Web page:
It’s been some time I’ve wanted to speak about the delight to be found in Bollywood cinema. I have already spoken about its optimism, its positive attitude towards life and humanity, but this time I want to focus more especially about this dimension of joy and pleasure which I find so clearly in the best BW films, and yet is so rarely spoken about. Mind you, filmi aficionados testify to this pleasure by being fans anyway. But I find it interesting to explore the roots of this joy and pleasure.
It is first a delight which comes from the people we see on the screen. I am referring to my favourites, the ones I continuously speak about, the kings and queens of Bollywood. Of course even they are no angels; you can’t be an actor or actress and not compromise some aspects of yourself when you appear on screen. You falsify yourself, you are obliged to seduce, to cheat with your “real” self. But there is a short enough distance between who we can guess these actors are in real life, and their characters in the films, for us to be given the impression they aren’t cheating (or made to cheat) too much, and that therefore what they are seen to do and say for us spectators is more or less what they would accept to do and say in front of us. This enables some truth to be safeguarded. And because of this element of truth, there is a specific satisfaction which comes from the reality of the relationship that us spectators have with actor or actress. For example, we are not the actor’s lover, and if the film puts us in that position, then the relationship with him is based on phantasm, not on reality. Phantasm is ultimately alienating, whereas reality frees one from alienation.
Then there is the music, the dance, the colours. All these elements come together in the interludes, those choral moments during which we are made to imagine visually the feelings of the main protagonists. Whether they are dynamic and rhythmical, or melancholic and dreamy, these interludes don’t always avoid being ridiculous. But for me they are the soul of Bollywood, the moments when the show can unfold itself at will, in complete freedom. Some film-makers know how to exploit these creative moments, and others have more trouble inventing or imagining. The best is when these moments spring from the story and comment on it in a suggestive way, gracefully mixing the music, the poetry and the choreography, and providing the spectator with the feelings he desires. They can be an anticipation of the events, or a confirmation, or an unfulfilled dream: the aim is to charm or seduce us by accelerating or slowing down the film’s rhythm.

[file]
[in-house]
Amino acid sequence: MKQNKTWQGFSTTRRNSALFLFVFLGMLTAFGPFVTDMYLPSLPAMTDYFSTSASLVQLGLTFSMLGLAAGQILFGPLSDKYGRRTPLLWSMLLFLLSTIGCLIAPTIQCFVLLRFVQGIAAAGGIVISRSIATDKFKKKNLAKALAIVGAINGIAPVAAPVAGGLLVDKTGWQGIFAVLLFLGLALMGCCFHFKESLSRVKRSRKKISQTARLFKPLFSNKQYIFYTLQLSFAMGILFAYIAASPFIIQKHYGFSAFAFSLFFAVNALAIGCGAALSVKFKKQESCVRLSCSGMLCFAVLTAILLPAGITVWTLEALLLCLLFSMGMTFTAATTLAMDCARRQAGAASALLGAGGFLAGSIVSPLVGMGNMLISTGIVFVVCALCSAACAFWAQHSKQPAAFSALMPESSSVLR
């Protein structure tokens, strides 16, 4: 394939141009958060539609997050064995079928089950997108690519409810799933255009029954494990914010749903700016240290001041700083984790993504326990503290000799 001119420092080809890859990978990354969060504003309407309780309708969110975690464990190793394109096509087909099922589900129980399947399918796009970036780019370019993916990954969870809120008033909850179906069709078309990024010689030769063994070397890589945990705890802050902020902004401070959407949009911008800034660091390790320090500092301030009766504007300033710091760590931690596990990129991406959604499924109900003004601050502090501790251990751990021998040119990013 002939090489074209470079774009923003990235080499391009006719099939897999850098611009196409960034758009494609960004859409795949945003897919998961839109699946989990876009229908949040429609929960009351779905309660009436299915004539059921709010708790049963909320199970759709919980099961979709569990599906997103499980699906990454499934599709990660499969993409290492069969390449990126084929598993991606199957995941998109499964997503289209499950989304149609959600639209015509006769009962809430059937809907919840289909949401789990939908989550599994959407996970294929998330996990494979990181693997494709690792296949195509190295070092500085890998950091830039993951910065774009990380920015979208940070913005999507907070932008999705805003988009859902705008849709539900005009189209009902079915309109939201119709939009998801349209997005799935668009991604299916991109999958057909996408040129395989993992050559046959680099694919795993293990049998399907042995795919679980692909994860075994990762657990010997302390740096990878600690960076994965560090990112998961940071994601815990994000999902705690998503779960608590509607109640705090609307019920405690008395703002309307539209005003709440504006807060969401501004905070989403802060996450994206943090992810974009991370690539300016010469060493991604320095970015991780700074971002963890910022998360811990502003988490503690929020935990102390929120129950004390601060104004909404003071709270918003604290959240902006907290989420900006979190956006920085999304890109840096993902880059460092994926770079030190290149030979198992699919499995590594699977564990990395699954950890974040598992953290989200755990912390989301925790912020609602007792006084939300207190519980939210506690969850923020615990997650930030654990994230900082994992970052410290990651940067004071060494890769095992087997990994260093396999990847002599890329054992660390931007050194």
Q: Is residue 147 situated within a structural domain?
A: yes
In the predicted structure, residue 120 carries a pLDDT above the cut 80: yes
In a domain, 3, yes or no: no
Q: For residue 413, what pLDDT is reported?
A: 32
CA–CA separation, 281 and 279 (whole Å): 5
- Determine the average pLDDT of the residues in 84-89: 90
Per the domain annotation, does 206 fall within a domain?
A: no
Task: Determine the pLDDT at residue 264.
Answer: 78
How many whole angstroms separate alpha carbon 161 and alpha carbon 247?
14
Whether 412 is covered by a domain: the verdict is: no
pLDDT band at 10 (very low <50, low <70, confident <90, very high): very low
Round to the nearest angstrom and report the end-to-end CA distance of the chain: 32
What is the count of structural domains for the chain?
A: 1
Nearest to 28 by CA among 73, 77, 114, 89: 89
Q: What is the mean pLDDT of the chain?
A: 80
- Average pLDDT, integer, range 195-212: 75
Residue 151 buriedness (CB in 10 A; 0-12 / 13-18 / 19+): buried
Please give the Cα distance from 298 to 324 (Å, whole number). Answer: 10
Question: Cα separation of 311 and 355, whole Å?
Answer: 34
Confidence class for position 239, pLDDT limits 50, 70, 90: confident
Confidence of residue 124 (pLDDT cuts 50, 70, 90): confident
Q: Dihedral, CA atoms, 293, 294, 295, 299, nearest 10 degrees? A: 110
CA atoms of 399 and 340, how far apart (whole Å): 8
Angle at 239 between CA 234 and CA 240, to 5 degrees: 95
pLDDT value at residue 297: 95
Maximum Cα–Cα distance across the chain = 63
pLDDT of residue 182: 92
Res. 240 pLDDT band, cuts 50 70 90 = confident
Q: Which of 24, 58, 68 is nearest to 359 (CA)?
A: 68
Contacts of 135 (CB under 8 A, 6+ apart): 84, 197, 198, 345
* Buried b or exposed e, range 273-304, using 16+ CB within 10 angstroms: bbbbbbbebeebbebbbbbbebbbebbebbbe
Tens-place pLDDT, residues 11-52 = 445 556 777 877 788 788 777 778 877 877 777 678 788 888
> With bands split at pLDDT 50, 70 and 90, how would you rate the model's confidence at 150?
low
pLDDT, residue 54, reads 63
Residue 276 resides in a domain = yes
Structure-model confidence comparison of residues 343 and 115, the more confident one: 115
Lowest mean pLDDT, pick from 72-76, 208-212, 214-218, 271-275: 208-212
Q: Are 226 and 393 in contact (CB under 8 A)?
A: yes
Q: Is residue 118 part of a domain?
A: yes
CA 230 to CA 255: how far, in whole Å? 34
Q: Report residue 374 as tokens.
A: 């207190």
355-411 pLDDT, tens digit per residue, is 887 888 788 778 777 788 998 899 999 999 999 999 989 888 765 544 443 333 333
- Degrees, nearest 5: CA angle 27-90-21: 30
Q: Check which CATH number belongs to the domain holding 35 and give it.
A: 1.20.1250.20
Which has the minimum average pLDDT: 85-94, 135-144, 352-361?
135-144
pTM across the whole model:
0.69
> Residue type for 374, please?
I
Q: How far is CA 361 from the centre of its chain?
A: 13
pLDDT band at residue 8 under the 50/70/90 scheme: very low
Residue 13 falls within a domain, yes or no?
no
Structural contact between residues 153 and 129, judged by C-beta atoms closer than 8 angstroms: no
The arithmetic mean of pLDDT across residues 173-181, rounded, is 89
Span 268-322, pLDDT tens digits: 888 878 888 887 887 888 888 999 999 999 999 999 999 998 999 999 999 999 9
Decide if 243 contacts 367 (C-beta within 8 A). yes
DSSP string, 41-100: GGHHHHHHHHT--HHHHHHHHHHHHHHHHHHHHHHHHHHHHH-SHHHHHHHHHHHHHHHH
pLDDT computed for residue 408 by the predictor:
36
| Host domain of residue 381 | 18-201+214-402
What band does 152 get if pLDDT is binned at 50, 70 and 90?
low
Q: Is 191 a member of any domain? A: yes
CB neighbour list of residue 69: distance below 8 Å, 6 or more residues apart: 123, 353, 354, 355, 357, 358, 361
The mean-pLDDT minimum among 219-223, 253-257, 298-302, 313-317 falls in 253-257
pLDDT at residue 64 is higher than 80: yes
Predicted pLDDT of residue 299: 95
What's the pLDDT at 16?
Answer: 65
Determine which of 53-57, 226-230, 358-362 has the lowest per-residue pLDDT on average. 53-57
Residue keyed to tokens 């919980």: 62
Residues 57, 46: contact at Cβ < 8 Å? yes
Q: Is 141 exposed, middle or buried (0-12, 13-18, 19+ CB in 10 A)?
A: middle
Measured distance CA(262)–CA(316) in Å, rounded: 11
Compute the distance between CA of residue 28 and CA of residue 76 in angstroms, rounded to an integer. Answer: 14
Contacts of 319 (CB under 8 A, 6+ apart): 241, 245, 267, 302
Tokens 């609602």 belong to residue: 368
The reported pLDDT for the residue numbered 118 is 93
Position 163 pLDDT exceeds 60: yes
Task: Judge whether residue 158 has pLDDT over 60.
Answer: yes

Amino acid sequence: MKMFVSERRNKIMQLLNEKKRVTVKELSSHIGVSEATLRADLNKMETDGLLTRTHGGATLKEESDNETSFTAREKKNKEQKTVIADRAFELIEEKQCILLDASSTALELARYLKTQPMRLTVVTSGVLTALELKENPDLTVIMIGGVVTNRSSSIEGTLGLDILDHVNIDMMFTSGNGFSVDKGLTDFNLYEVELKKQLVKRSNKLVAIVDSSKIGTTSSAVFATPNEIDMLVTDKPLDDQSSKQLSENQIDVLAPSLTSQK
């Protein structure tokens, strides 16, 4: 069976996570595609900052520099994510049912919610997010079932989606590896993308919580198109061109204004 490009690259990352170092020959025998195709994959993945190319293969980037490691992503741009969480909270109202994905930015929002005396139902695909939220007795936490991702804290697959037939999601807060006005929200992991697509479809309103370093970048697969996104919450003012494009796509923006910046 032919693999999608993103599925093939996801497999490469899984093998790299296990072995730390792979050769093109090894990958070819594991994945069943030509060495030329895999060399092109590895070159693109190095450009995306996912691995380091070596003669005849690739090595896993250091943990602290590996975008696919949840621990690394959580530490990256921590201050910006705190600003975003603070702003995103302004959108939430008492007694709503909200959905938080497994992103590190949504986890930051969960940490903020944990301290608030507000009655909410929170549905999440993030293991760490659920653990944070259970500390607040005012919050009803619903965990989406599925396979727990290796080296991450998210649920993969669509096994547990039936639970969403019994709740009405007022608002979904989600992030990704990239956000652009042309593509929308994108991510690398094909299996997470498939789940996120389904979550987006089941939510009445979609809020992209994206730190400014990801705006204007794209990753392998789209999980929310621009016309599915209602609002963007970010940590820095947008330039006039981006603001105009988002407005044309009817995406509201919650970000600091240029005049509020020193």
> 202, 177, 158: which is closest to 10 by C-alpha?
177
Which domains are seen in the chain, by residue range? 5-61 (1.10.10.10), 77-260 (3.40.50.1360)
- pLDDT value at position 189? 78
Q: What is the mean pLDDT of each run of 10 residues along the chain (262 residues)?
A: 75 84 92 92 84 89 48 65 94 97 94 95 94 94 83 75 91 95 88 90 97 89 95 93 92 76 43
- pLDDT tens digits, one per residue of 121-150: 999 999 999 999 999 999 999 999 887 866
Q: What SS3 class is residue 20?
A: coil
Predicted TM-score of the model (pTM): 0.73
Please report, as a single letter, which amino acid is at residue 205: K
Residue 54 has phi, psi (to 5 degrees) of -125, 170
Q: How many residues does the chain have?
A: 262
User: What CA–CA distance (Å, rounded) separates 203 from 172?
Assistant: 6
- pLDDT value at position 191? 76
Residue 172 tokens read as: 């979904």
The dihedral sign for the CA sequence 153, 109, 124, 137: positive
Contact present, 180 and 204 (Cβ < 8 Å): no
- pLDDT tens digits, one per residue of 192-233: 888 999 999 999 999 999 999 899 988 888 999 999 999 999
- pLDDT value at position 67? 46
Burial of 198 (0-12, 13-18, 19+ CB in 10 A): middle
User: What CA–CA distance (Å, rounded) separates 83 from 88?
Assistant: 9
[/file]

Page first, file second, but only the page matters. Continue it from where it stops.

Happiness and joy are easily achieved if everything goes well, if, after difficulties, all’s well that ends well. There is a certain risk here that BW films don’t always avoid, and in fact rarely do so. Telling a story that finishes well is more satisfying for the spectators: it caters for their childish desire of security and comfort; it reassures them that the world is liveable. It “entertains” in them a child-like illusion. On the other hand, when you tell a dramatic story in which evil is not totally conquered by good, you create a void in the mind which even the sophisticated viewer has to deal with, and this might be more satisfying in aesthetic terms. But we as humans have a deep need for justice, for the victory of what is true and good. So films that make justice and virtue prevail satisfy this need. This choice is not necessarily childish and escapist: it can be optimistic and hopeful. These stories display a hope in humanity and in the world which gives a meaning to our existence. In human affairs, negativity and violence, absurdity and chaos are all too present. The decision to uphold hope and meaning is not an escapist decision, if it is clear that the human reality is not avoided. Choosing a happy ending is for film-makers a proclamation that death and violence are superseded by love and hope, that our life has a meaning. It is eventually a religious statement: this cosmos is good and beautiful; beyond this world, beyond this life, there is another world, another life.
In films such as Chalte chalte, Guru, Veer-Zaara or Black, I believe we see such an optimistic trend. We can also feel it in Dil Chahta hai, or Kabhi Alvida na kehna. The human reality is not obliterated; rather it is explored in order to contrast the positive statement which is going to be made. The latter brings a feeling of hope and joy which is profound because the balance struck between human suffering and imperfect social realities on the one hand, and the positive outcome on the other hand, is felt to be full of hope and trust. These films say: humanity can evolve, absurdity can be vanquished by meaning, there might be redemption. But other less demanding films which choose a happy ending also supply the spectator with this joy that his life is worth living, because they tell him that love and justice will prevail, that meaning is possible. For example the masala comedies such as Kal ho na ho, DDLJ, K3G, or Aa ab laut chale. I could end this short selection by mentioning Shaad Ali’s Saathiya, or Indra Kumar’s Dil. Two little gems of hope and joy.